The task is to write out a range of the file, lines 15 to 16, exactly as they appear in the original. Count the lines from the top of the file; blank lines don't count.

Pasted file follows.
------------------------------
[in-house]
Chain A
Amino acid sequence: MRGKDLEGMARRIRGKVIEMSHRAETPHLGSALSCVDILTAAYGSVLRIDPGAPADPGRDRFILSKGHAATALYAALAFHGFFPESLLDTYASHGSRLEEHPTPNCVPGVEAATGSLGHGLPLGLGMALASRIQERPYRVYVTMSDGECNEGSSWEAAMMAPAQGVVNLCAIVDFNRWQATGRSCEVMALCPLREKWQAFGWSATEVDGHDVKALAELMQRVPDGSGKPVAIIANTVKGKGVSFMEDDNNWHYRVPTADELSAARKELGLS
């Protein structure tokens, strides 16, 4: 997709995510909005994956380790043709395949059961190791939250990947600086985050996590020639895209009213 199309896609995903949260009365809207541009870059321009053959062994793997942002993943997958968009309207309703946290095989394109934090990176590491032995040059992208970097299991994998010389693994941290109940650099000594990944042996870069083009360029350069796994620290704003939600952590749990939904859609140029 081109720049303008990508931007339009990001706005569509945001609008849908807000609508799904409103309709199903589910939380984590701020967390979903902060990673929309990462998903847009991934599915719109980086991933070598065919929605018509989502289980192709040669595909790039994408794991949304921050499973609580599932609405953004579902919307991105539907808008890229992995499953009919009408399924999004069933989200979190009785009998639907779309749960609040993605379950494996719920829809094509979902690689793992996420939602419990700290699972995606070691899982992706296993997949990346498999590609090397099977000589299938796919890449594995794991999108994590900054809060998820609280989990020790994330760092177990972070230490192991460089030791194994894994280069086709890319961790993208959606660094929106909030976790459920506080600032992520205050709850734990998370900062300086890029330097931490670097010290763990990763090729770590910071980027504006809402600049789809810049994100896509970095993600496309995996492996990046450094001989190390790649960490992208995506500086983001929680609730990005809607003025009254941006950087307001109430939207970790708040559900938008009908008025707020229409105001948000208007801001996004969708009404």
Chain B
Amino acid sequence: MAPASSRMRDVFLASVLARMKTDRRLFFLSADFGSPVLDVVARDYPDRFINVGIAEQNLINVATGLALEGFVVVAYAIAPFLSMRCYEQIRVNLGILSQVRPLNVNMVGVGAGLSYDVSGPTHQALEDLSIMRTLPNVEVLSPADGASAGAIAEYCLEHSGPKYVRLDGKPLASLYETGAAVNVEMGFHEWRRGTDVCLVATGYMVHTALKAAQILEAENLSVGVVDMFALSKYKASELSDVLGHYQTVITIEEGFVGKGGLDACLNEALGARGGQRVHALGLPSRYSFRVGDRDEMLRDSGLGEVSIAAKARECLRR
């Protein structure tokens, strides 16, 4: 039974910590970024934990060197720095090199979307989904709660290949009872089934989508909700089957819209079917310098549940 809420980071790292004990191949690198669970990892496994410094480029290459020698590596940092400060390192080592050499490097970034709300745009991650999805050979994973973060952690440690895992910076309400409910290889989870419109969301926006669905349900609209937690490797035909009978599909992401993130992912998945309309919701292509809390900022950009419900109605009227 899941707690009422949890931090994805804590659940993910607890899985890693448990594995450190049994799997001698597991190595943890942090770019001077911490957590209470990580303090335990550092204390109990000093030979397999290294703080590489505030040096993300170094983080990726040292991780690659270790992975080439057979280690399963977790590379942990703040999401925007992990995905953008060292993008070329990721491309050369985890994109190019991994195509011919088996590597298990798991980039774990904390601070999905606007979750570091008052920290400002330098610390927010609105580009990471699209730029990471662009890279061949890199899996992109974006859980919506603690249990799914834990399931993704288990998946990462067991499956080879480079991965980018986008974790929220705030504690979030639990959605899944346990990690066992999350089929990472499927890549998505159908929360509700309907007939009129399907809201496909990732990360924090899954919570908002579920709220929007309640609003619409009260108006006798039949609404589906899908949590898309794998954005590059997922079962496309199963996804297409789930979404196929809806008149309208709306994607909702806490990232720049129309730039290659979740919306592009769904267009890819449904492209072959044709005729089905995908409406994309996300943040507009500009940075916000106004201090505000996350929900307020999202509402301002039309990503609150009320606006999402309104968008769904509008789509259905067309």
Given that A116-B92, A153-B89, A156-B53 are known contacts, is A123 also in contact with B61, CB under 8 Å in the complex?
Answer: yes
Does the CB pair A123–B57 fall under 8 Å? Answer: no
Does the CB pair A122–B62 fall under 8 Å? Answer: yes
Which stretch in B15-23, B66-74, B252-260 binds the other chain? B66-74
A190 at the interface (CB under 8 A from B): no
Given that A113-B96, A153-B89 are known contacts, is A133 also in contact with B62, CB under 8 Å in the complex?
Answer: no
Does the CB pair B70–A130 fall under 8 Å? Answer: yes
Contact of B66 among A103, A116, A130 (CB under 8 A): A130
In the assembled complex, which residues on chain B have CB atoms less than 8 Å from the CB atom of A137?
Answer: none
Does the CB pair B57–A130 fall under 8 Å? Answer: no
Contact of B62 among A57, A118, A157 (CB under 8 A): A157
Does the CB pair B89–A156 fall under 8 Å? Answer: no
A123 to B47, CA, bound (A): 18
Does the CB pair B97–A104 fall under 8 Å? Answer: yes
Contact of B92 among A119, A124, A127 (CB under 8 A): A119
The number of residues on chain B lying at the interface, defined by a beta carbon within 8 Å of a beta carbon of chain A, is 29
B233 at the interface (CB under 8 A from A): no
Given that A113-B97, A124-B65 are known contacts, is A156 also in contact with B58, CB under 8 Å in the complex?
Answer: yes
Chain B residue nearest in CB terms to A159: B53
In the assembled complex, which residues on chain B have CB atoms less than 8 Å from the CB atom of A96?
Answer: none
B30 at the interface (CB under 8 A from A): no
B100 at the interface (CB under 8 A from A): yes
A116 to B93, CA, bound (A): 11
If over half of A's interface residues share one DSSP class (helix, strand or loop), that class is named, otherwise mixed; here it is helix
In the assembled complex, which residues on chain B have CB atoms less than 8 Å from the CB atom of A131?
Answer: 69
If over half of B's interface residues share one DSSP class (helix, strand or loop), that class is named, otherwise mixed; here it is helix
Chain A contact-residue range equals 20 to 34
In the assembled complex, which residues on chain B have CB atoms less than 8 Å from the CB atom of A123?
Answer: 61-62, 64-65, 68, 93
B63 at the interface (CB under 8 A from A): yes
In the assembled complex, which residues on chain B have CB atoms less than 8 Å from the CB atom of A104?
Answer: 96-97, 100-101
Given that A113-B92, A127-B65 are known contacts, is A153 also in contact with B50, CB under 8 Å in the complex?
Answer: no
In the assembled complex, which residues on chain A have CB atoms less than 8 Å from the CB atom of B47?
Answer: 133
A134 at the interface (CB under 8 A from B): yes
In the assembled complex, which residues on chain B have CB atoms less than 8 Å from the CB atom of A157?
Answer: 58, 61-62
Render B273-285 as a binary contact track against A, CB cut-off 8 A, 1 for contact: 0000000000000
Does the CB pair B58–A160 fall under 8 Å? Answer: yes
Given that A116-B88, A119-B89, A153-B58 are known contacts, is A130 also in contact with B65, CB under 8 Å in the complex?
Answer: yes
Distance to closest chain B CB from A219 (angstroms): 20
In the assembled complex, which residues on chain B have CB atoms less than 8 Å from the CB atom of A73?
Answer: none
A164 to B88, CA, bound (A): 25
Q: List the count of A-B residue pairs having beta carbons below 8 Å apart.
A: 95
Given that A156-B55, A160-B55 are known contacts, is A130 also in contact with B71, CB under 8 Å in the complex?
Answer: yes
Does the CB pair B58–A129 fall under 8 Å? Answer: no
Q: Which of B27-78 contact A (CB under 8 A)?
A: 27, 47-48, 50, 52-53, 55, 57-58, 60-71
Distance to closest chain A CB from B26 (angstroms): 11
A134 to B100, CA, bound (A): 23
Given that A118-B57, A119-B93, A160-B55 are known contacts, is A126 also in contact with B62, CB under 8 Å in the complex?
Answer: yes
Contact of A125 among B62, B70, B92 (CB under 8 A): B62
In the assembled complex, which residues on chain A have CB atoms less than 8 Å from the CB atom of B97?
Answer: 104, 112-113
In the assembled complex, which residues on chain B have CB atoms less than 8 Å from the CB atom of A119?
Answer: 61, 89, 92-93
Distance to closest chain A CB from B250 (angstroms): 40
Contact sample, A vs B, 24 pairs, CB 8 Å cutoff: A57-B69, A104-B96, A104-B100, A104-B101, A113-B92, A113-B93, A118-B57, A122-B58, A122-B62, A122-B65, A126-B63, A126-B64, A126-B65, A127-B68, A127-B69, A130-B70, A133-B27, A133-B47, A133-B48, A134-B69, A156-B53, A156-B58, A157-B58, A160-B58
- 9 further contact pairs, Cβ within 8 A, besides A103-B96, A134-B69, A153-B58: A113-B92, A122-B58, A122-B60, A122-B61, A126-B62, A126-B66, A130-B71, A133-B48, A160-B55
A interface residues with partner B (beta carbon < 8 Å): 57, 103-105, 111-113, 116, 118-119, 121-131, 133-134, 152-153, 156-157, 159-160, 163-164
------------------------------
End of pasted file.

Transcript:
Answer: no
Does the CB pair B70–A130 fall under 8 Å? Answer: yes